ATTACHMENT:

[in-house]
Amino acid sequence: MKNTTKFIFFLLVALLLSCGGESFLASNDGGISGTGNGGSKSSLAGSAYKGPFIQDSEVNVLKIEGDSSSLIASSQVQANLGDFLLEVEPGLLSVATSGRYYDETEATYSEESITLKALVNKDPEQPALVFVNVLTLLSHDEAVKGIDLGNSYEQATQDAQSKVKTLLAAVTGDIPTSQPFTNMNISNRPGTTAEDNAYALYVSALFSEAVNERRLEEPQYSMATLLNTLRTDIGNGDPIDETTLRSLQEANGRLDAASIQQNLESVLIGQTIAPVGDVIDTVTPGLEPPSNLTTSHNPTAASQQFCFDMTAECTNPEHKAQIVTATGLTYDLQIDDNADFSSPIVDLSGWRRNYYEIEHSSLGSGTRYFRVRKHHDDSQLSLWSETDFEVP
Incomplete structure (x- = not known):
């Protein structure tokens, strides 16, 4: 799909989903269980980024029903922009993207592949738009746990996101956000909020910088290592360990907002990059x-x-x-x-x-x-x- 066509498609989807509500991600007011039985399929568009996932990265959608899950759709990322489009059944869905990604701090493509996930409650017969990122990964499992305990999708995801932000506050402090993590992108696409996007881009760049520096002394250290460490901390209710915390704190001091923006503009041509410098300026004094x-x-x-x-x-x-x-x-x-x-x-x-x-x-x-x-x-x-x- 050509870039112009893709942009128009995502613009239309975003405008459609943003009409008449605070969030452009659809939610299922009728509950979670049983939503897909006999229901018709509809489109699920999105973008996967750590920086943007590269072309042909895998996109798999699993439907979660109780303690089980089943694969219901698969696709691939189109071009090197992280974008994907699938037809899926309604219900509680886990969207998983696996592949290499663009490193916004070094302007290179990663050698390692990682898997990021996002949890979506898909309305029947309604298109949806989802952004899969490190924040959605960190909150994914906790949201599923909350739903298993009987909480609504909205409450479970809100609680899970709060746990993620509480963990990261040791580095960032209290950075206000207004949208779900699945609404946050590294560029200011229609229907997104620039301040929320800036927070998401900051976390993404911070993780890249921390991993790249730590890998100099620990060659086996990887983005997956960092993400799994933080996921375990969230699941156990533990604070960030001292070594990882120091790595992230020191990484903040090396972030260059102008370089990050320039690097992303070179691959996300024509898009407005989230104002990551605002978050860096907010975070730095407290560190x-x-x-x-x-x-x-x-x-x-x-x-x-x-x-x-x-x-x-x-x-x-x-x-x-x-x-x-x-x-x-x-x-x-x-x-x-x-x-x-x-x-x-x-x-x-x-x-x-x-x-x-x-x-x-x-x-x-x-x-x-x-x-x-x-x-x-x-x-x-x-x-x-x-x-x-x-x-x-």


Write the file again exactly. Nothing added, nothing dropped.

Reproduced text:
[in-house]
Amino acid sequence: MKNTTKFIFFLLVALLLSCGGESFLASNDGGISGTGNGGSKSSLAGSAYKGPFIQDSEVNVLKIEGDSSSLIASSQVQANLGDFLLEVEPGLLSVATSGRYYDETEATYSEESITLKALVNKDPEQPALVFVNVLTLLSHDEAVKGIDLGNSYEQATQDAQSKVKTLLAAVTGDIPTSQPFTNMNISNRPGTTAEDNAYALYVSALFSEAVNERRLEEPQYSMATLLNTLRTDIGNGDPIDETTLRSLQEANGRLDAASIQQNLESVLIGQTIAPVGDVIDTVTPGLEPPSNLTTSHNPTAASQQFCFDMTAECTNPEHKAQIVTATGLTYDLQIDDNADFSSPIVDLSGWRRNYYEIEHSSLGSGTRYFRVRKHHDDSQLSLWSETDFEVP
Incomplete structure (x- = not known):
């Protein structure tokens, strides 16, 4: 799909989903269980980024029903922009993207592949738009746990996101956000909020910088290592360990907002990059x-x-x-x-x-x-x- 066509498609989807509500991600007011039985399929568009996932990265959608899950759709990322489009059944869905990604701090493509996930409650017969990122990964499992305990999708995801932000506050402090993590992108696409996007881009760049520096002394250290460490901390209710915390704190001091923006503009041509410098300026004094x-x-x-x-x-x-x-x-x-x-x-x-x-x-x-x-x-x-x- 050509870039112009893709942009128009995502613009239309975003405008459609943003009409008449605070969030452009659809939610299922009728509950979670049983939503897909006999229901018709509809489109699920999105973008996967750590920086943007590269072309042909895998996109798999699993439907979660109780303690089980089943694969219901698969696709691939189109071009090197992280974008994907699938037809899926309604219900509680886990969207998983696996592949290499663009490193916004070094302007290179990663050698390692990682898997990021996002949890979506898909309305029947309604298109949806989802952004899969490190924040959605960190909150994914906790949201599923909350739903298993009987909480609504909205409450479970809100609680899970709060746990993620509480963990990261040791580095960032209290950075206000207004949208779900699945609404946050590294560029200011229609229907997104620039301040929320800036927070998401900051976390993404911070993780890249921390991993790249730590890998100099620990060659086996990887983005997956960092993400799994933080996921375990969230699941156990533990604070960030001292070594990882120091790595992230020191990484903040090396972030260059102008370089990050320039690097992303070179691959996300024509898009407005989230104002990551605002978050860096907010975070730095407290560190x-x-x-x-x-x-x-x-x-x-x-x-x-x-x-x-x-x-x-x-x-x-x-x-x-x-x-x-x-x-x-x-x-x-x-x-x-x-x-x-x-x-x-x-x-x-x-x-x-x-x-x-x-x-x-x-x-x-x-x-x-x-x-x-x-x-x-x-x-x-x-x-x-x-x-x-x-x-x-």